Letter Re: Thoughts Trailers and Towing Capacity for Times of Fuel Scarcity

Monday, Feb 4, 2013

Dear Jim,
I've been having blinding flashes of the obvious lately that I wanted to share.
 
A friend of mine just got a few AS degrees in IT, not realizing just how FUBAR the business world is for his new profession. IT professionals are no longer employees. They're contract workers, rarely working in a position more than a year, and often a lot less. They don't get benefits or retirement packages. They get specific tasks, get done, get paid, and get shown the door. This is not conducive to stable living. The career has changed so much that they are doing the minimalism trick and moving to the job. At first, that means renting long term stay hotel rooms, economy suites etc. But that's pretty expensive. The blinding flash? A trailer.

Get a town vehicle and pull a trailer that you can live in. Depending on pay and vehicle defines the kind of trailer to pull, but I've found through my own Google searching that there's many manufacturers of modest very light trailers which can pull behind any pickup or SUV, and even behind a Subaru. Ones you can stand up inside. Ones with hookups for most trailer parks. There are even ones with garage space, called Toy Haulers, which could be used for workshops for many professions, including space to store a table saw or electronics bench, welding rig and generator and gas bottles. All sorts of stuff, and its out of sight, out of mind. The Garage models are heavier so will require a stronger tow vehicle, but anyone driving and RV could tow a specialized trailer to a job site instead, chain it to something solid, and live next to it. Put it in the contract. I can see contract labor is the future, or even the present, and businesses are veering away from employee benefits in the modern economic disaster area thanks to that last election and the ongoing Derivatives Bubble. Investing in business seems very risky. Contracts avoid the risk.
 
Since the Tow Vehicle is massively fuel inefficient thanks to its specialization, the answer to getting around is either bicycle or motorbike or scooter. Roads being what they are, scooters are somewhat risky. They go down in potholes, in the road, often in front of traffic. A used Enduro motorbike, road legal with license plate and mirror and turn signals, or an older but working small displacement road motorcycle offers a means to get around, buy groceries, run errands. And it can be carried on or in the trailer. People do that. Its not as comfortable as a car, but its more comfortable than walking and cheaper than an 8 MPG tow vehicle.
 
As for the trailer itself, insulation seems to be key, as is power generation. Not all jobs will have hookups, meaning a (really quiet) generator is going to be needed unless you've got solar panels installed on the roof. Cheap solar that charges a battery is the answer. The more panels you've got, the more power for heat, lights, radio, fridge, and living humanely. Water will always limit trailers, so a hookup is far preferred. If you park somewhere with common showers, room to stretch out, and real hot water that might be a better choice. This also implies there's a real business opportunity there: running trailer parks for traveling professionals and technicians. Installing WiFi or including ethernet in the hookup bundle? Winning strategy for a business based on short and medium duration stays. Run a restaurant that delivers in the park center and you make yet more money and attract clients that have no time to cook or cleanup.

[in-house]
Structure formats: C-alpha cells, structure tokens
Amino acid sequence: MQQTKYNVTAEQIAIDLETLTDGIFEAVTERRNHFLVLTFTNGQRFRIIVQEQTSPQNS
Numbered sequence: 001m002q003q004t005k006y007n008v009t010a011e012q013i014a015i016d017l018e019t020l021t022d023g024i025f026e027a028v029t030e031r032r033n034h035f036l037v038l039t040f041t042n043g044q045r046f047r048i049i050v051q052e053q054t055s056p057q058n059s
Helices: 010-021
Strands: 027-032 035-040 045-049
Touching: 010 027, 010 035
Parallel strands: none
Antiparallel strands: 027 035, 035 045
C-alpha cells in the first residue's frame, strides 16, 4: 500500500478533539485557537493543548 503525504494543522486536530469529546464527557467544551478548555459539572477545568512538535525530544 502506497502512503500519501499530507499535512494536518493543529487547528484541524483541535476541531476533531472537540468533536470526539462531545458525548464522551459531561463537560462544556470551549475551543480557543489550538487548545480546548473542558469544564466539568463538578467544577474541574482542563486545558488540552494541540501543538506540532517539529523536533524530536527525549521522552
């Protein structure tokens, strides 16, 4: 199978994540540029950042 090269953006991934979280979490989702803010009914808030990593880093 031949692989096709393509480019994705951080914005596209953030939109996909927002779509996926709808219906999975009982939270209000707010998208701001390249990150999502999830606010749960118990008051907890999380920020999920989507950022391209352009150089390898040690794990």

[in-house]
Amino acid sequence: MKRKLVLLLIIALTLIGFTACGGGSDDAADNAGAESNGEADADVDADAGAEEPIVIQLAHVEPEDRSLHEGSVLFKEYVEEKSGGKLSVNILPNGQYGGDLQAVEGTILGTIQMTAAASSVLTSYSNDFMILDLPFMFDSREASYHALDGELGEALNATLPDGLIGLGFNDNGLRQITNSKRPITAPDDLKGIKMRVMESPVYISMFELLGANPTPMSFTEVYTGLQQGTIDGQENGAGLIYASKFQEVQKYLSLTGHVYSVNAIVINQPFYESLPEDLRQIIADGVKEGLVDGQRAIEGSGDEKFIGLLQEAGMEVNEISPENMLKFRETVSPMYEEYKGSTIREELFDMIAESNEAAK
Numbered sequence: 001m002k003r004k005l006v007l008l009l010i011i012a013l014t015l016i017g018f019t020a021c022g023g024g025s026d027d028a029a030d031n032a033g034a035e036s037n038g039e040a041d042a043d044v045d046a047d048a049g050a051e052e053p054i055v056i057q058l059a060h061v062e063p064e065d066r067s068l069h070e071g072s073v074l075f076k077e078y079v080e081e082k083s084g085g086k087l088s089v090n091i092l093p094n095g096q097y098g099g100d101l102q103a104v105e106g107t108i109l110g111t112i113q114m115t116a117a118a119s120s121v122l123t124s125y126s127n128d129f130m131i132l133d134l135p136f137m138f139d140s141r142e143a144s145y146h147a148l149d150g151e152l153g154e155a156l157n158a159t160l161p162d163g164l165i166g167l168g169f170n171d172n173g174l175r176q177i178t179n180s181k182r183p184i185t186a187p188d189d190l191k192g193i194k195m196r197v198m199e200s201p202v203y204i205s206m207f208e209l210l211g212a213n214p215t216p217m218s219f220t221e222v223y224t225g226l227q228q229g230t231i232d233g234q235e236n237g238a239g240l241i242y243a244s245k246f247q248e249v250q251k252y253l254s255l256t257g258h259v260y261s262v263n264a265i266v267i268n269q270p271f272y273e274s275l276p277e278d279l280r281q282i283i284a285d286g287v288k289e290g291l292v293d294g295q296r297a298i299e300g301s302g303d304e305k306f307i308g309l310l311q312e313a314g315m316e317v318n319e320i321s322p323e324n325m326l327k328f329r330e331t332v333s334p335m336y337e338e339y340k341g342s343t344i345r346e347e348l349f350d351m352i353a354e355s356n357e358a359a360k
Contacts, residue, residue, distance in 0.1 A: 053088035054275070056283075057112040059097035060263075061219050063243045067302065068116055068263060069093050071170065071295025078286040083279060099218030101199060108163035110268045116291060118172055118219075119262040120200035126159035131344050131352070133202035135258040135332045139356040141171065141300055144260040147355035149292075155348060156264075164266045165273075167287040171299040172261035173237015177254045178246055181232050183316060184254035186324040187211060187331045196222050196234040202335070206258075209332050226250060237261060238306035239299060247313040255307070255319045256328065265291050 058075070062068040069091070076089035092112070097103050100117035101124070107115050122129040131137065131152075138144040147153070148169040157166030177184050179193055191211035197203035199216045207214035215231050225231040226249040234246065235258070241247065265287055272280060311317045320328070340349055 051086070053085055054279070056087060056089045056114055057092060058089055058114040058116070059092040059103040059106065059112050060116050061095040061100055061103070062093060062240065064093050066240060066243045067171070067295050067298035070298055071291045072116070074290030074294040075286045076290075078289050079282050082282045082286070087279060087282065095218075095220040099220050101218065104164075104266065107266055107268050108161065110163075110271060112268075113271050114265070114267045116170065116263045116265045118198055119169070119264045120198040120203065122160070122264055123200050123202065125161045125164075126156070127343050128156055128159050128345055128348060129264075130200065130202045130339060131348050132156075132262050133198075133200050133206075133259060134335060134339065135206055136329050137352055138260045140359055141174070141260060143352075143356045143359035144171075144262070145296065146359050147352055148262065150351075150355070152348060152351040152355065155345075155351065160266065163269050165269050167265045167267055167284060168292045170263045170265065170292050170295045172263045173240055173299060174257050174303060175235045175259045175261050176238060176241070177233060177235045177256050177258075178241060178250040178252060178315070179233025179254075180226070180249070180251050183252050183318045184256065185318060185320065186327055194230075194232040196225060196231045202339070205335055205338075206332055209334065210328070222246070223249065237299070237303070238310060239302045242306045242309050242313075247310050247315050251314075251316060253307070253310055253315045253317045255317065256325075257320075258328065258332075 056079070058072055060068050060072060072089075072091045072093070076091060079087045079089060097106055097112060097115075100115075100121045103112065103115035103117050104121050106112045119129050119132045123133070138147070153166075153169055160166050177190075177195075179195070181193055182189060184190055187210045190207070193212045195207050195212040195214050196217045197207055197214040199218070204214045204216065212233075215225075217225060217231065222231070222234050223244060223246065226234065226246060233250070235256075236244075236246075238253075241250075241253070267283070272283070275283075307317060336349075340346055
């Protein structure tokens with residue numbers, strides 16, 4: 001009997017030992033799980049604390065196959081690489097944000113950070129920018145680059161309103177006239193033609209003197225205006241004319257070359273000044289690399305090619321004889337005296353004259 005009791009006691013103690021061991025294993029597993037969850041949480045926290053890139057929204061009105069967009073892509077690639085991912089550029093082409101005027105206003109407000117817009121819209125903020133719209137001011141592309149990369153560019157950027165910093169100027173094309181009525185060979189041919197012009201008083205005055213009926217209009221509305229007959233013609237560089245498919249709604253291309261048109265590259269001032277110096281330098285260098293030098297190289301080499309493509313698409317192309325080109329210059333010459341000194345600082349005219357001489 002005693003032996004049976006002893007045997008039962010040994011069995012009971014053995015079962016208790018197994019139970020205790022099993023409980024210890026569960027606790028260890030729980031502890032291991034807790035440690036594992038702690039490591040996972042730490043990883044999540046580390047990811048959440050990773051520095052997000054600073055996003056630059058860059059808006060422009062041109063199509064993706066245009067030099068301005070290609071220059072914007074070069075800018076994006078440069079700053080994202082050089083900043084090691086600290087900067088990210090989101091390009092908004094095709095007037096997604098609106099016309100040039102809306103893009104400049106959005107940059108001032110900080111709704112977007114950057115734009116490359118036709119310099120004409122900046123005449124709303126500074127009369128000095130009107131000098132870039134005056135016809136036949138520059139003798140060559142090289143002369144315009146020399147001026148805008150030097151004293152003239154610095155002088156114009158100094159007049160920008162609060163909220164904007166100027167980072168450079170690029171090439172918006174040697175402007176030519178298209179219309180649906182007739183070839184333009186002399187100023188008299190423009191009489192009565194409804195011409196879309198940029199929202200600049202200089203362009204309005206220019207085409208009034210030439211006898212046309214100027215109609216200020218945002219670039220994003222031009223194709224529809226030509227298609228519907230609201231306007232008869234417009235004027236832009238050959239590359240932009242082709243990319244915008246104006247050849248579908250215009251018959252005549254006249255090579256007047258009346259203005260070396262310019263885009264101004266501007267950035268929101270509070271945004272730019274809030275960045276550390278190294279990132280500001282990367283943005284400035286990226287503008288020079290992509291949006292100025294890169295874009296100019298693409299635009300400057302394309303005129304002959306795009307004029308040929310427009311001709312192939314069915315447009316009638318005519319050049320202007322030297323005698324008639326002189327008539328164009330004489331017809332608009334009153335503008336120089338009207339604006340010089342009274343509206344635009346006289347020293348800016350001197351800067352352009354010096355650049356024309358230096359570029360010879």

Professionals are going to be there to sleep and clean up, then back to the job they're on. Its not the traditional slumming situation. You'll have doctors and repair techs, IT guys, web designers who work directly with the customer (a niche that exists), event planners (business marketing, MBAs), horse dentists, mechanics, factory design engineers and techs, welders, CNC machinists, compliance officers, all sorts of things which make for contract labor. As the cost of fuel goes up and goes synthetic ($33/gal for synthetic biodiesel), the people who do this will be modestly to highly paid. They're just living in trailers so they keep more of it.
 
The strongest argument for residence trailers is that if you live light enough, you have your bugout gear with you, and you are yourself bugging out every time you move. Moving to jobs and away from bad economies is a viable survival strategy. You can't take hold of opportunity trapped in one place, not really. You "make do" in one place. You build labor saving devices and get things comfortable, but business moves with the economic winds, and those winds are turbulent today. America has largely exported its thinking and manufacturing jobs to China and India, and its left us with high unemployment. That unemployment is hiding behind the largest Back To College surge since the Veterans returned from WW2. Students aren't counted as Unemployed. When they graduate, we'll see more real numbers. They'll hit the job market and find little or nothing unless they starting thinking outside the box. And some will be thinking about this. Sincerely, - InyoKern


Copyright 2005-2012 James Wesley, Rawles - SurvivalBlog.com All Rights Reserved